3. May I ask what the rationale behind thirde-trimester abortion is? I don’t see a problem with a woman wanting the fetus out of her body, but after 24 weeks, a baby can survive. It may be that I, as a former pro-lifer, miss a point here, but why should a woman have the right to decide a viable baby should die?

  4. How many women decide viable babies will die in the third trimester for no good reason?

  5. @ Helen: what do you mean? I don’t know how many women have third-triemster abortions or would want them. However, what do you mean about a good reason? What would constitute a good reason to want a viable baby to die? Or were you meaning to say that not all 24-week fetuses will survive, which is true, but isn’t a reason for killing them IMO. I try to approach the issue of late-term abortion while respecting the woman’s right to do with her body as she plases, but aslo acknowledging the right to life of the viable baby.

    • Astrid, Helen means that viable foetuses are not generally being aborted in the third trimester. It’s not just that not all 24-week foetuses will survive premature birth, but that many non-viable abnormalities in the foetus do not manifest until this stage of gestation, and unless the pregnancy is terminated the woman then has to continue gestating a foetus that she knows will never be a living child. Who would want another person to go through unnecessary weeks and months of that emotional torture for a child that has absolutely zero chance of survival?

      • Clarification: a problematic ethical area comes with the increased incidence of late term abortions of foetuses with disabilities who would naturally progress to a full-term birth of a viable but disabled infant – people choosing to abort a foetus who is diagnosed with e.g. cystic fibrosis, haemophilia, dwarfism, milder forms of spina bifida, Down’s Syndrome etc.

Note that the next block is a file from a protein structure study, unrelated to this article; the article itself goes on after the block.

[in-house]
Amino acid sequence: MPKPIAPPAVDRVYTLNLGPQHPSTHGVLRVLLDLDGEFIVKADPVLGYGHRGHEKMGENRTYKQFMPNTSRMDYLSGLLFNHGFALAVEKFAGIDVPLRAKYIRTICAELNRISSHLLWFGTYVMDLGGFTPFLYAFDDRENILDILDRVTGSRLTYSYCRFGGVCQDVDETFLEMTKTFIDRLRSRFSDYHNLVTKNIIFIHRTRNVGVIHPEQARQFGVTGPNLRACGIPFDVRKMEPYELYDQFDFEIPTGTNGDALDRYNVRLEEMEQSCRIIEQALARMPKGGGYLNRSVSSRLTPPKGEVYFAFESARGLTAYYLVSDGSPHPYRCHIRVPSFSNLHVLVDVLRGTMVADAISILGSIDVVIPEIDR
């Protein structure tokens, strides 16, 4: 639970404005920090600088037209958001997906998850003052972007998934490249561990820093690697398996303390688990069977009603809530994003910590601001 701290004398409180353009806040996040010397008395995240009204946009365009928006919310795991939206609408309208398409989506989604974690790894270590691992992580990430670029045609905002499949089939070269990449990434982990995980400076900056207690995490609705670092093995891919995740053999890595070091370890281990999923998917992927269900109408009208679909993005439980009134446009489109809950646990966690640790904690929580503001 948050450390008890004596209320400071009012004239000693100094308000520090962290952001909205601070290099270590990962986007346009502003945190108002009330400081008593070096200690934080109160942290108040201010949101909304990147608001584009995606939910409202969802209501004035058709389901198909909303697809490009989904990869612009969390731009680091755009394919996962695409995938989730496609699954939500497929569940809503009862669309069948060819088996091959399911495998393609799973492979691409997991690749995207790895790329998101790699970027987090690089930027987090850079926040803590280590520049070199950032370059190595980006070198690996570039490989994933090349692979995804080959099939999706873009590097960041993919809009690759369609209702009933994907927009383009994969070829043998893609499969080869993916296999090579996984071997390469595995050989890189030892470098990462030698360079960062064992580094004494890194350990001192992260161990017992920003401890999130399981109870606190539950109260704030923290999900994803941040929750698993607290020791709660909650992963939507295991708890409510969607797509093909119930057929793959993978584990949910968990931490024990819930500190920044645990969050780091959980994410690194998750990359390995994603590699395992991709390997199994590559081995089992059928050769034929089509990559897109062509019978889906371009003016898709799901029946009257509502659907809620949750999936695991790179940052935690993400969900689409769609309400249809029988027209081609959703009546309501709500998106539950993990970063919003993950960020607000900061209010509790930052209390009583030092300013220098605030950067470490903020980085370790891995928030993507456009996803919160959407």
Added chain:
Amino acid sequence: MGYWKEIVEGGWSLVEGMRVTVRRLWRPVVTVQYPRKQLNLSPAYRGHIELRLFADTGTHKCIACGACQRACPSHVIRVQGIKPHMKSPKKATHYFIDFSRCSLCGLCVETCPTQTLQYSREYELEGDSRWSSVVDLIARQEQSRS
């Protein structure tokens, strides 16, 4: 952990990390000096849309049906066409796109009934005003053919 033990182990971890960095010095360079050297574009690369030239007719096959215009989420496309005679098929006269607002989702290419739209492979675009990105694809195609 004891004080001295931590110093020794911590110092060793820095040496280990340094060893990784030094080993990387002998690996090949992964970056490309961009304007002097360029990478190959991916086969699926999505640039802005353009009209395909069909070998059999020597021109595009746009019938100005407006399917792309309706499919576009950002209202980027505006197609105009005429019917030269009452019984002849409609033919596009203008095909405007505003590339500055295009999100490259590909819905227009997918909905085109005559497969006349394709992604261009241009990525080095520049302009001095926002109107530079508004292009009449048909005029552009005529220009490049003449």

Many people currently living with these disabilities are understandably concerned that this trend positions them as people with lives that are not worth living, a categorisation that they vehemently reject.

  6. There’s a bill up in NZ proposing to decriminalise abortion at the moment; it’s being discussed at the Hand Mirror.
    Astrid: as well as Helen and tigtog’s point, sometimes the woman’s health can be severely at risk if she were to give birth, and there’s no rule saying this is always discovered prior to 24 weeks.

  7. Yes, my point is that women don’t suddenly wake up in the 26th week and go ooh! I want my flat tummy back! I’m bored with the whole idea now! Abortion nao!
    Whoever passes this stupid meme on doesn’t like women.
    Women who just don’t want to mother will know that soon after they feel the first nausea and miss the first period, like I did. For them/us, *early* abortion needs to be legal, safe and available on request, on Medicare.

  8. Janet @ 1 – the need for a baby to take a breath to be considered a person and so allow the coroner to investigate the reasons behind the death may be going away in SA: